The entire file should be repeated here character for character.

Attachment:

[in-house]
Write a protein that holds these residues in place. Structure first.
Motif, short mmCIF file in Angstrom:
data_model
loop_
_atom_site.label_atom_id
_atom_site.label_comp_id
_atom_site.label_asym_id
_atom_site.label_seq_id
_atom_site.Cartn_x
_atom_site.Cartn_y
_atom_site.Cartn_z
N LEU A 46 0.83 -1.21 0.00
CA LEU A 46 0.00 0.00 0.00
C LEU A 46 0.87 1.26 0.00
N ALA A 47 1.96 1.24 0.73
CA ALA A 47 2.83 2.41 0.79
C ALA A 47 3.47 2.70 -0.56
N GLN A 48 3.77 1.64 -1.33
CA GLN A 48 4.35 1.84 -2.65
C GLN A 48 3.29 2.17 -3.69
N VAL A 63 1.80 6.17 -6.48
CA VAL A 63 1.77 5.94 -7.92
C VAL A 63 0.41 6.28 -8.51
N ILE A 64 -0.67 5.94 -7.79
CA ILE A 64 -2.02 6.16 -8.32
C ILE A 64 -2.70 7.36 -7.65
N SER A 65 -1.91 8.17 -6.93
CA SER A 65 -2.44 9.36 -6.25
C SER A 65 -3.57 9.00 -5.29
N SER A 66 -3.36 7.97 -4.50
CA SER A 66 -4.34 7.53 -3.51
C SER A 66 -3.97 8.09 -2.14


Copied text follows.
[in-house]
Write a protein that holds these residues in place. Structure first.
Motif, short mmCIF file in Angstrom:
data_model
loop_
_atom_site.label_atom_id
_atom_site.label_comp_id
_atom_site.label_asym_id
_atom_site.label_seq_id
_atom_site.Cartn_x
_atom_site.Cartn_y
_atom_site.Cartn_z
N LEU A 46 0.83 -1.21 0.00
CA LEU A 46 0.00 0.00 0.00
C LEU A 46 0.87 1.26 0.00
N ALA A 47 1.96 1.24 0.73
CA ALA A 47 2.83 2.41 0.79
C ALA A 47 3.47 2.70 -0.56
N GLN A 48 3.77 1.64 -1.33
CA GLN A 48 4.35 1.84 -2.65
C GLN A 48 3.29 2.17 -3.69
N VAL A 63 1.80 6.17 -6.48
CA VAL A 63 1.77 5.94 -7.92
C VAL A 63 0.41 6.28 -8.51
N ILE A 64 -0.67 5.94 -7.79
CA ILE A 64 -2.02 6.16 -8.32
C ILE A 64 -2.70 7.36 -7.65
N SER A 65 -1.91 8.17 -6.93
CA SER A 65 -2.44 9.36 -6.25
C SER A 65 -3.57 9.00 -5.29
N SER A 66 -3.36 7.97 -4.50
CA SER A 66 -4.34 7.53 -3.51
C SER A 66 -3.97 8.09 -2.14